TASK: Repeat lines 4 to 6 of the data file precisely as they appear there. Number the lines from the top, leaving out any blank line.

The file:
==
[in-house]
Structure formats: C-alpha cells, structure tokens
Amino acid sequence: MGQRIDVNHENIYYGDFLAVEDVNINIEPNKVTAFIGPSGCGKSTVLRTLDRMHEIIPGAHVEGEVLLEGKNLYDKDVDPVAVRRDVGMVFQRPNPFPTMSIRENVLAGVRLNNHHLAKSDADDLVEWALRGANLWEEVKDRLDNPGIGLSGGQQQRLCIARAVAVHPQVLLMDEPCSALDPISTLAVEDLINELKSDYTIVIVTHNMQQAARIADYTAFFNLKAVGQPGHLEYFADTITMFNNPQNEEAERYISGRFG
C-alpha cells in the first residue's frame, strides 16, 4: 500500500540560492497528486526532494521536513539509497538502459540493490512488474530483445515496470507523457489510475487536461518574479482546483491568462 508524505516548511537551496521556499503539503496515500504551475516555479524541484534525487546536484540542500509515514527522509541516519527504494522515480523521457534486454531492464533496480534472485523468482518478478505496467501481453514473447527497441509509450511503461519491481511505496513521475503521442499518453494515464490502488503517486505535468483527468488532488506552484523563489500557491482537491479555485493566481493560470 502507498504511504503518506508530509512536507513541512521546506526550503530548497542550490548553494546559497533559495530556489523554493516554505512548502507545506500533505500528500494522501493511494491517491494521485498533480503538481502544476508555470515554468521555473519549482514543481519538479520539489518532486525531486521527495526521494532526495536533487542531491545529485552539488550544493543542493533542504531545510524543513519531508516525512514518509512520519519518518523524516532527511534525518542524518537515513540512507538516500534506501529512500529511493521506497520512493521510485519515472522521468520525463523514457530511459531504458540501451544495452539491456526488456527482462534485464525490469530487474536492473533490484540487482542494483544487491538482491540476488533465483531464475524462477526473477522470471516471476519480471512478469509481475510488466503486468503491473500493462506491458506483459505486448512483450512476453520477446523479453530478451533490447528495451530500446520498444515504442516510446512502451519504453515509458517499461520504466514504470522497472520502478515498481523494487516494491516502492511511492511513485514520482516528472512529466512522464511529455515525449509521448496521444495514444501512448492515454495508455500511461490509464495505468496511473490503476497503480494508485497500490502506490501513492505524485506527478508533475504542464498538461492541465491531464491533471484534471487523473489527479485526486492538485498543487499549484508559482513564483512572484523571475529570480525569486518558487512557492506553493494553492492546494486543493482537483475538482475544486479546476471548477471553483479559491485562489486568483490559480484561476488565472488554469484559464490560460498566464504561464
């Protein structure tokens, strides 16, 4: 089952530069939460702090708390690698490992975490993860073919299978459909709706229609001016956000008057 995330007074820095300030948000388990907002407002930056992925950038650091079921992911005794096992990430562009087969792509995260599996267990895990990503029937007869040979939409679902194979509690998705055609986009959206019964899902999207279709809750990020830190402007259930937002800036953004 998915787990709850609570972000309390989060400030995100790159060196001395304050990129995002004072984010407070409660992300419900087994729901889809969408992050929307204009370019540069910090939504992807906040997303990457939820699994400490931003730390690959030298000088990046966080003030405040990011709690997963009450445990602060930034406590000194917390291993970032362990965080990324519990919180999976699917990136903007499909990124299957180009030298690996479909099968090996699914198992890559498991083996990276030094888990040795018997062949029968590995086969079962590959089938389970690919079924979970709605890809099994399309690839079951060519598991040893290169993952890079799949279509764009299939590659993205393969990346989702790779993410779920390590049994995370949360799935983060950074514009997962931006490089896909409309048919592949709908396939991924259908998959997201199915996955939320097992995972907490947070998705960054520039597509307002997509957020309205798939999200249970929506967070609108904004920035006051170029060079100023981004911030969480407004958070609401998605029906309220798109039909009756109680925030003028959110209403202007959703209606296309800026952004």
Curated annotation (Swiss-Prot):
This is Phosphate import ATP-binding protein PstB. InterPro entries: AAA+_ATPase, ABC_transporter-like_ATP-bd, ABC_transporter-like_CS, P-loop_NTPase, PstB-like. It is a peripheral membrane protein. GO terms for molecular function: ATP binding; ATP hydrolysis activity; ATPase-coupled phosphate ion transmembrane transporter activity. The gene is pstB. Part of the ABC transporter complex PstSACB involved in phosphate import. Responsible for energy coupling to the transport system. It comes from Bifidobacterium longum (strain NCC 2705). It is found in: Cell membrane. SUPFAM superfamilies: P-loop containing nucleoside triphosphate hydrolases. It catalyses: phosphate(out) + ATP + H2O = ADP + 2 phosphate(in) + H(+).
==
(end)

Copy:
C-alpha cells in the first residue's frame, strides 16, 4: 500500500540560492497528486526532494521536513539509497538502459540493490512488474530483445515496470507523457489510475487536461518574479482546483491568462 508524505516548511537551496521556499503539503496515500504551475516555479524541484534525487546536484540542500509515514527522509541516519527504494522515480523521457534486454531492464533496480534472485523468482518478478505496467501481453514473447527497441509509450511503461519491481511505496513521475503521442499518453494515464490502488503517486505535468483527468488532488506552484523563489500557491482537491479555485493566481493560470 502507498504511504503518506508530509512536507513541512521546506526550503530548497542550490548553494546559497533559495530556489523554493516554505512548502507545506500533505500528500494522501493511494491517491494521485498533480503538481502544476508555470515554468521555473519549482514543481519538479520539489518532486525531486521527495526521494532526495536533487542531491545529485552539488550544493543542493533542504531545510524543513519531508516525512514518509512520519519518518523524516532527511534525518542524518537515513540512507538516500534506501529512500529511493521506497520512493521510485519515472522521468520525463523514457530511459531504458540501451544495452539491456526488456527482462534485464525490469530487474536492473533490484540487482542494483544487491538482491540476488533465483531464475524462477526473477522470471516471476519480471512478469509481475510488466503486468503491473500493462506491458506483459505486448512483450512476453520477446523479453530478451533490447528495451530500446520498444515504442516510446512502451519504453515509458517499461520504466514504470522497472520502478515498481523494487516494491516502492511511492511513485514520482516528472512529466512522464511529455515525449509521448496521444495514444501512448492515454495508455500511461490509464495505468496511473490503476497503480494508485497500490502506490501513492505524485506527478508533475504542464498538461492541465491531464491533471484534471487523473489527479485526486492538485498543487499549484508559482513564483512572484523571475529570480525569486518558487512557492506553493494553492492546494486543493482537483475538482475544486479546476471548477471553483479559491485562489486568483490559480484561476488565472488554469484559464490560460498566464504561464
């Protein structure tokens, strides 16, 4: 089952530069939460702090708390690698490992975490993860073919299978459909709706229609001016956000008057 995330007074820095300030948000388990907002407002930056992925950038650091079921992911005794096992990430562009087969792509995260599996267990895990990503029937007869040979939409679902194979509690998705055609986009959206019964899902999207279709809750990020830190402007259930937002800036953004 998915787990709850609570972000309390989060400030995100790159060196001395304050990129995002004072984010407070409660992300419900087994729901889809969408992050929307204009370019540069910090939504992807906040997303990457939820699994400490931003730390690959030298000088990046966080003030405040990011709690997963009450445990602060930034406590000194917390291993970032362990965080990324519990919180999976699917990136903007499909990124299957180009030298690996479909099968090996699914198992890559498991083996990276030094888990040795018997062949029968590995086969079962590959089938389970690919079924979970709605890809099994399309690839079951060519598991040893290169993952890079799949279509764009299939590659993205393969990346989702790779993410779920390590049994995370949360799935983060950074514009997962931006490089896909409309048919592949709908396939991924259908998959997201199915996955939320097992995972907490947070998705960054520039597509307002997509957020309205798939999200249970929506967070609108904004920035006051170029060079100023981004911030969480407004958070609401998605029906309220798109039909009756109680925030003028959110209403202007959703209606296309800026952004």
Curated annotation (Swiss-Prot):